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-   -   Which should I get? Only found the following CO2 Regulators (http://www.plantedtank.net/forums/showthread.php?t=229354)

sub-80 01-29-2013 08:05 PM

Which should I get? Only found the following CO2 Regulators
 
Hello;

I am a novice at the CO2 system and I am trying to build a CO2 regulator the only store that I found that sold pressure regulators has 2 modes of Victor 2 stage regulators. There is a C and D mode which to my knowledge D mode is for Heavy duty and the one I should be getting for accuracy is a A or B mode as to get a more accurate PSI reading. Here are the possible available products:
Should I get one of these or should I buy a single stage regulator from GLA. GLa is planning to make UK compatible regulators but make take time I've already waited 3 weeks.

After recommending what do you recommend for a novice to get an expensive Pressure regulator like Victor, which itself costs $270, or should I get commercial brand regulator.
If so which do you recommend? I am looking for a pressure regulator with a solenoid valve, sold in Europe that delivers to UK.

Darkblade48 01-29-2013 09:18 PM

I assume you have already taken a look at my guide to pressurized CO2.

Personally, the C would be fine. It has a working pressure from 4-80 PSI, and I think the low pressure gauge would most likely read from 0 to 150 (perhaps 200) PSI, meaning the gradations are still fine enough to allow for good control.

Dual stage regulators are nice, and offer some advantages over a single stage regulator. What you decide to get is up to you.

You may have more luck purchasing used Victor (or other industrial brand) regulators on eBay, and then removing the CGA320 nut and nipple and replacing with the European Standard. This will definitely cost less than the $270 it costs for a brand new regulator.

I am not sure what you mean by "other commercial brand" as Victor is just a particular brand (there are many others).

As for the solenoid valve, you can purchase these separately as well. Just make sure that the fittings that it uses matches the European Standard (BSPP, most likely).

sub-80 01-29-2013 09:47 PM

Quote:

Originally Posted by Darkblade48 (Post 2389218)
I assume you have already taken a look at my guide to pressurized CO2.

Yeah I did weeks ago. Completely forgot I read it and that I had a thread about building a CO2 Regulator.

Quote:

Originally Posted by Darkblade48 (Post 2389218)
I am not sure what you mean by "other commercial brand" as Victor is just a particular brand (there are many others).

I meant the cheaply priced regulators where you can get a dual guage regulator with solenoid value for $100-$170.

Quote:

Originally Posted by Darkblade48 (Post 2389218)
As for the solenoid valve, you can purchase these separately as well. Just make sure that the fittings that it uses matches the European Standard (BSPP, most likely).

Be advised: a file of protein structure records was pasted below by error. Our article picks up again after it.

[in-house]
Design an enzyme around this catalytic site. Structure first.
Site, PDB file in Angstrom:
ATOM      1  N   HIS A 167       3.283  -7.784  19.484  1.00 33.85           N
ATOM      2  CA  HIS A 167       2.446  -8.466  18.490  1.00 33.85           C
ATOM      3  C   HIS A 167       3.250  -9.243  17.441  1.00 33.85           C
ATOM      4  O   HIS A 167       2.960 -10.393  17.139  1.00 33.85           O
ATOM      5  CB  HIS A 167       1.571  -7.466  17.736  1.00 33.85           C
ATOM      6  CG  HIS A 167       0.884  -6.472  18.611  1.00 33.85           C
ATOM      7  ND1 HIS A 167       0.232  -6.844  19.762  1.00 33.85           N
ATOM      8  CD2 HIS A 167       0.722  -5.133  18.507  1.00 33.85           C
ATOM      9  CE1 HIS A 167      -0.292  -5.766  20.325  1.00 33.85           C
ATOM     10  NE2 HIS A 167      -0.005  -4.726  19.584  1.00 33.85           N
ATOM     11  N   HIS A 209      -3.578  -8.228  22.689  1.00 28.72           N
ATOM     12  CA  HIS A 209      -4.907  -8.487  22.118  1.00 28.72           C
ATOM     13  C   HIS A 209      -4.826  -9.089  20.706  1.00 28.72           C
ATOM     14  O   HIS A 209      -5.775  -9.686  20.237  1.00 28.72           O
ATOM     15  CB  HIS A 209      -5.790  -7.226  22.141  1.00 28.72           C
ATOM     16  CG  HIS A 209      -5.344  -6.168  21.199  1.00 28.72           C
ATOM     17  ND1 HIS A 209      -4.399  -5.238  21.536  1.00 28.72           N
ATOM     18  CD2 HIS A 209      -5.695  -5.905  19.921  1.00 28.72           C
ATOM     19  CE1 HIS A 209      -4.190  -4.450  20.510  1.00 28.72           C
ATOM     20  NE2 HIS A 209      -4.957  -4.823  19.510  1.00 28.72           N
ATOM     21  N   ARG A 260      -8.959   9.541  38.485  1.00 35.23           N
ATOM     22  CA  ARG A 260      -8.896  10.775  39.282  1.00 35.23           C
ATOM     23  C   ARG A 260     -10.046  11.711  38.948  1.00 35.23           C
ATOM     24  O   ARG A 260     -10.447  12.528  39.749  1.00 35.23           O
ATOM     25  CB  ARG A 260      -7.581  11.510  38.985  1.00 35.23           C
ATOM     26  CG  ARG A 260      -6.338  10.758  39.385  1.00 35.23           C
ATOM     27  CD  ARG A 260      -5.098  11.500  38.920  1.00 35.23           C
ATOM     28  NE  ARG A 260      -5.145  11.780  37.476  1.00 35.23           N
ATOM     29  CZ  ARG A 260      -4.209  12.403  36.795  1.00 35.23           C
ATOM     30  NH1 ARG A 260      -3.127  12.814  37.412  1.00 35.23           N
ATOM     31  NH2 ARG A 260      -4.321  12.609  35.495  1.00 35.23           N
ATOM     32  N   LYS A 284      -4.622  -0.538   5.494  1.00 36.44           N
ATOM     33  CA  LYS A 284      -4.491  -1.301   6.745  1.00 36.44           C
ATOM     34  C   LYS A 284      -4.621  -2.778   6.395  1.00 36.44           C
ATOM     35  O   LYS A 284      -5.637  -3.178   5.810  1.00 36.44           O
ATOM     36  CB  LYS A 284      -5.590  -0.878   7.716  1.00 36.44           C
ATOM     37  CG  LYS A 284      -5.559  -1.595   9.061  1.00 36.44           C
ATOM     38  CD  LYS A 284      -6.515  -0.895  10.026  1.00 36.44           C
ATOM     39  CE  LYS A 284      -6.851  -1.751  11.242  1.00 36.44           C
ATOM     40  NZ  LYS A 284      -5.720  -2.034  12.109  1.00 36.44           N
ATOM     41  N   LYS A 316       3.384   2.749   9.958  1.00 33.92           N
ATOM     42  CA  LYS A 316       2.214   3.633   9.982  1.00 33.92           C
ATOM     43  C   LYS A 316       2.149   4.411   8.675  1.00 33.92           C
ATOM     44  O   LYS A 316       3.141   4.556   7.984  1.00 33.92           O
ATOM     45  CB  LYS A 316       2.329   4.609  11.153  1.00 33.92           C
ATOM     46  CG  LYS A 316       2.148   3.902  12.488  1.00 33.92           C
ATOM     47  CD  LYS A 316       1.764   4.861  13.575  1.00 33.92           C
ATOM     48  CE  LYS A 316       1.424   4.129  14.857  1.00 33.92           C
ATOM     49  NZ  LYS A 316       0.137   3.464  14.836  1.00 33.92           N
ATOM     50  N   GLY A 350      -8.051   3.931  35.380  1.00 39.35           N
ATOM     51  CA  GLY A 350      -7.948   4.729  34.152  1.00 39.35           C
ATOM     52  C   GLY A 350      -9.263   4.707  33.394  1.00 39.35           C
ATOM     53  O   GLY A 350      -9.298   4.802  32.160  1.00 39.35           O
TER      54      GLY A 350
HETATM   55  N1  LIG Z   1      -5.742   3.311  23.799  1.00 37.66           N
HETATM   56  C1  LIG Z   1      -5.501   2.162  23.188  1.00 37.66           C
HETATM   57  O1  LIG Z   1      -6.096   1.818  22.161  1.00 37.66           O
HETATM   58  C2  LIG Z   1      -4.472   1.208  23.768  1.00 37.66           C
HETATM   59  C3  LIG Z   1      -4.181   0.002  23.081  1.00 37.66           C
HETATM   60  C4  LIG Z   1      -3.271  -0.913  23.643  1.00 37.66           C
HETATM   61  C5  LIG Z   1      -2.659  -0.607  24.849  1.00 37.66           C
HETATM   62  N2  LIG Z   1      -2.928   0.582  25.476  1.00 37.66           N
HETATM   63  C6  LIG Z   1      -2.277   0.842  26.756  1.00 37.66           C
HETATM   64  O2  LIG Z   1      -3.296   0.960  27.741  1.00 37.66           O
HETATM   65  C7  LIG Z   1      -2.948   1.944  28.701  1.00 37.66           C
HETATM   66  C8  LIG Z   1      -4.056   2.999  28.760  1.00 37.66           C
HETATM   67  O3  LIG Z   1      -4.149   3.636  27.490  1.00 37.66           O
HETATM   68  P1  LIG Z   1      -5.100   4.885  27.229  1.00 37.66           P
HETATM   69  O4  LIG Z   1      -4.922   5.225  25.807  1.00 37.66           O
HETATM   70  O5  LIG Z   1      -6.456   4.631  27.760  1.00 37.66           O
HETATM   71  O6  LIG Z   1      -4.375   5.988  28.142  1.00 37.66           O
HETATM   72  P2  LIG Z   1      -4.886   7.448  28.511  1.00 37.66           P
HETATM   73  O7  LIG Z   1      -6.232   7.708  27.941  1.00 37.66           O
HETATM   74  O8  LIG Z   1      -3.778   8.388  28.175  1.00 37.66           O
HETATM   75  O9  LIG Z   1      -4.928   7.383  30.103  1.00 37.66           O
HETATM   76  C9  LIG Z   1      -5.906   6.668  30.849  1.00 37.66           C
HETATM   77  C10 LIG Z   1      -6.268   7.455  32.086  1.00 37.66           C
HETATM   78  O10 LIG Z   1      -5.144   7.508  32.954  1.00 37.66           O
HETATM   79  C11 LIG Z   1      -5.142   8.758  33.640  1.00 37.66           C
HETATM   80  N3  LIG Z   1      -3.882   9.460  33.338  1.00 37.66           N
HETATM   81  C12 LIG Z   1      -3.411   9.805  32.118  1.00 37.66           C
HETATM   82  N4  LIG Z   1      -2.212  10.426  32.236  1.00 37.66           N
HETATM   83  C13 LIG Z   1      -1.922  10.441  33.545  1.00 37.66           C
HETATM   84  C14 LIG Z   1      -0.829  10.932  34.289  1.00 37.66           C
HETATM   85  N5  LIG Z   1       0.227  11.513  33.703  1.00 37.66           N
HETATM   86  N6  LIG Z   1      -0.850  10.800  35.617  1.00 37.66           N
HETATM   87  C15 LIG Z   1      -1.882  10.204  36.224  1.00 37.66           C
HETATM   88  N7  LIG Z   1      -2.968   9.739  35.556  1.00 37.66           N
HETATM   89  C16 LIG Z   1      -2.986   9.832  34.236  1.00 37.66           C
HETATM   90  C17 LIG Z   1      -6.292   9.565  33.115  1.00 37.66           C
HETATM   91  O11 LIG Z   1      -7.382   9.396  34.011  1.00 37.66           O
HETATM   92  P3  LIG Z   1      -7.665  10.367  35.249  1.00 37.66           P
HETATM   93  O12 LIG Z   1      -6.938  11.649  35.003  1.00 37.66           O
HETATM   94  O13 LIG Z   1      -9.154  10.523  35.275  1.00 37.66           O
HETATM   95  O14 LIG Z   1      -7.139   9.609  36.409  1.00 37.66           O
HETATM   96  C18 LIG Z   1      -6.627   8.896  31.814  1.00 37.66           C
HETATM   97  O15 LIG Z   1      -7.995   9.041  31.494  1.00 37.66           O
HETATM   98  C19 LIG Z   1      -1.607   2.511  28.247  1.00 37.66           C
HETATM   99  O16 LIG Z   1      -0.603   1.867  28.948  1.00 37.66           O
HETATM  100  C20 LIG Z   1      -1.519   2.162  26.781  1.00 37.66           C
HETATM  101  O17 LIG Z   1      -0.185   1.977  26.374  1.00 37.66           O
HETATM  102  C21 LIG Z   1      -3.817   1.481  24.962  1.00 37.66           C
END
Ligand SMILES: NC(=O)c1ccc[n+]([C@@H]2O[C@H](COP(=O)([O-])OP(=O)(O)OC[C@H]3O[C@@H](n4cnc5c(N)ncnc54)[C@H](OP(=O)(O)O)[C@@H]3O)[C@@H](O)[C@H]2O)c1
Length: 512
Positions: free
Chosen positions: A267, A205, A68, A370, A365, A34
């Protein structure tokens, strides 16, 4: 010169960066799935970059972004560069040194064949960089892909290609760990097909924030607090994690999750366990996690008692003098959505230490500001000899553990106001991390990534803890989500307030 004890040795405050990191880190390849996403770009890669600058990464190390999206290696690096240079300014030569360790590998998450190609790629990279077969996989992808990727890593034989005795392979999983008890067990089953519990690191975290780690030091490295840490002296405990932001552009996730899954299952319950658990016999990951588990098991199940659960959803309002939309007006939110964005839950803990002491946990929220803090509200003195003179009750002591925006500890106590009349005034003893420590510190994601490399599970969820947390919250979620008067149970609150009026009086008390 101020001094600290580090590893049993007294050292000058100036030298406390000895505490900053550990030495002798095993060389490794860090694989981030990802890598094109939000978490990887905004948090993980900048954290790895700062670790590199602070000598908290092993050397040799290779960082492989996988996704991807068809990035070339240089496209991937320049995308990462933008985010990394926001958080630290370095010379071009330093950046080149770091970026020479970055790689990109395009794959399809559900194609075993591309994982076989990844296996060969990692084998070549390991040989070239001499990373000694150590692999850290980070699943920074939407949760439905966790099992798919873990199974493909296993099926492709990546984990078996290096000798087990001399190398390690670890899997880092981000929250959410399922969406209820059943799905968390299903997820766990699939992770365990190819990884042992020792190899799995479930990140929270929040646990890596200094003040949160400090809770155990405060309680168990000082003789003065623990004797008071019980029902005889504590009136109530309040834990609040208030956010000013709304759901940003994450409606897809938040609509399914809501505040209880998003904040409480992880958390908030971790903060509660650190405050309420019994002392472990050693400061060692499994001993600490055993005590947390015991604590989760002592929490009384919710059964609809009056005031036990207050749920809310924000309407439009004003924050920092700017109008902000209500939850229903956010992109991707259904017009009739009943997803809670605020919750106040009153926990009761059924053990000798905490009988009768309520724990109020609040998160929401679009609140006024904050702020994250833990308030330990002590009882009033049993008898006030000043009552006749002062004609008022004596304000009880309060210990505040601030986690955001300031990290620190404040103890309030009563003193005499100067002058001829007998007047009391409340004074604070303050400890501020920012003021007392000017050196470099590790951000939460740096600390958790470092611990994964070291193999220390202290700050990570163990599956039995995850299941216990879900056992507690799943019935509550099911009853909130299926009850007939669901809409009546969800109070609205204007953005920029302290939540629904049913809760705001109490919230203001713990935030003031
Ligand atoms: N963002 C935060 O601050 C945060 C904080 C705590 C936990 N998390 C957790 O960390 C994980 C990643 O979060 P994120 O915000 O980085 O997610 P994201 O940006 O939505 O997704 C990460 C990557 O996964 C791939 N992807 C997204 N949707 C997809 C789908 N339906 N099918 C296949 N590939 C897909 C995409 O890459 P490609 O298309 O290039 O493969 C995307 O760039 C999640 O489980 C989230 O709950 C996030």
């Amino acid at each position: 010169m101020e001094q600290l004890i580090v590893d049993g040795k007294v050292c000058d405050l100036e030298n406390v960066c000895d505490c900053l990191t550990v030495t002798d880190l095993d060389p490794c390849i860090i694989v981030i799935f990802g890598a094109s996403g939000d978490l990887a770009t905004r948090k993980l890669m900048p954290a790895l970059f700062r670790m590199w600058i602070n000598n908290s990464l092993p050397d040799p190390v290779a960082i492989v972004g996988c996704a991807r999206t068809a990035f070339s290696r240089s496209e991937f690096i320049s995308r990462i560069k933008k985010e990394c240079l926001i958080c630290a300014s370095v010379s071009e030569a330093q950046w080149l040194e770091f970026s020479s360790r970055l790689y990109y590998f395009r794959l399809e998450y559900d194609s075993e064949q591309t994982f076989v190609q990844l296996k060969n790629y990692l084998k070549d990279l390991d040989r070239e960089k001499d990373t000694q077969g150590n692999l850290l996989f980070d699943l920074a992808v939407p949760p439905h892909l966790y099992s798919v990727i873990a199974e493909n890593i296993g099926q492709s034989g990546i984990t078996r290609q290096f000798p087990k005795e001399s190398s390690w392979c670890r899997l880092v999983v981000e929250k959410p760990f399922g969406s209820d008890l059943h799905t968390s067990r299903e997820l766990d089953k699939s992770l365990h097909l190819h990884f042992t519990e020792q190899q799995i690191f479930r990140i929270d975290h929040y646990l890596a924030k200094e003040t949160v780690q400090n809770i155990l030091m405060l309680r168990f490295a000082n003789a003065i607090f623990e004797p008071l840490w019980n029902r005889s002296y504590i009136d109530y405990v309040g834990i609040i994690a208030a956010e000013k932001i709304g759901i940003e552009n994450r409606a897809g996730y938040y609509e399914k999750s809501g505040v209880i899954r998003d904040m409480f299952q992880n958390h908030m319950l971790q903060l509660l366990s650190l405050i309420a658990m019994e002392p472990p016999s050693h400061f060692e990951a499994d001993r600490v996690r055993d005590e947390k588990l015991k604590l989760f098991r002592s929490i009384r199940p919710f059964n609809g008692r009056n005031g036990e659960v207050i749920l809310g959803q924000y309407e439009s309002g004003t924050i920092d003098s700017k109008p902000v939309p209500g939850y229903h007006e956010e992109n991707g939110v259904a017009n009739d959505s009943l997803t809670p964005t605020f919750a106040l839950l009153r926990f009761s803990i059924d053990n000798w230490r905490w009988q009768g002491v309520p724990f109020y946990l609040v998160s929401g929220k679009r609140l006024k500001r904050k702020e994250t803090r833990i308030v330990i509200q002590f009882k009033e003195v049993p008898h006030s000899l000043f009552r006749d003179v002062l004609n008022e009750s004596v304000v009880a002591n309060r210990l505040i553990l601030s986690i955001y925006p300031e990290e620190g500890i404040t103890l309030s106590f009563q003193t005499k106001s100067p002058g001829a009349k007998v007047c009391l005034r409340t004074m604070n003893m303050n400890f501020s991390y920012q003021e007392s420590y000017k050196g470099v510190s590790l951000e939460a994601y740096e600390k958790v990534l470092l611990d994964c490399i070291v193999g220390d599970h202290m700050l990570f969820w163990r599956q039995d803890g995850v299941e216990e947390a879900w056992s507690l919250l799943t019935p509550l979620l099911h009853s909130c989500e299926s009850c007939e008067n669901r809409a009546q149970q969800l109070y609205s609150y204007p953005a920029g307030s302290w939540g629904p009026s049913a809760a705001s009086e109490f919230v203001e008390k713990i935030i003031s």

They use BS standard connections here. Can't find a solenoid valve here of metering needle here will probably order online. Any recommendations? Solenoid dependable one. Metering needle to improve the accuracy of the C mode. ;)

Darkblade48 01-29-2013 11:40 PM

Quote:

Originally Posted by sub-80 (Post 2389626)
I meant the cheaply priced regulators where you can get a dual guage regulator with solenoid value for $100-$170.

I would avoid those "all in one" packages (usually made in China, etc...)

Some people have OK luck with them, others, not so much so.

Quote:

Originally Posted by sub-80 (Post 2389626)
They use BS standard connections here. Can't find a solenoid valve here of metering needle here will probably order online. Any recommendations? Solenoid dependable one. Metering needle to improve the accuracy of the C mode. ;)

There are some good solenoid valves and metering valves online, but they all use NPT standard.

You will need the needle/metering valve at the very least. A solenoid can be handy if you want the CO2 on a timer/pH controller.

FlyingHellFish 01-30-2013 09:18 AM

You can find a needle valve that uses the British connection, I think they have way better looking connections anyways. The common water cooling kits for PC have those BSP connections. There is an adapter but I'm sure they have needle valves in the connection you need.

You just have to google whatever connection your country uses. I mean, how can they not?

Oh and don't buy those Asian clones, unless your in asia and live close to their company for refunds and exchanges.

sub-80 01-30-2013 05:16 PM

Quote:

Originally Posted by FlyingHellFish (Post 2395410)
You can find a needle valve that uses the British connection, I think they have way better looking connections anyways. The common water cooling kits for PC have those BSP connections. There is an adapter but I'm sure they have needle valves in the connection you need.

You just have to google whatever connection your country uses. I mean, how can they not?

Oh and don't buy those Asian clones, unless your in asia and live close to their company for refunds and exchanges.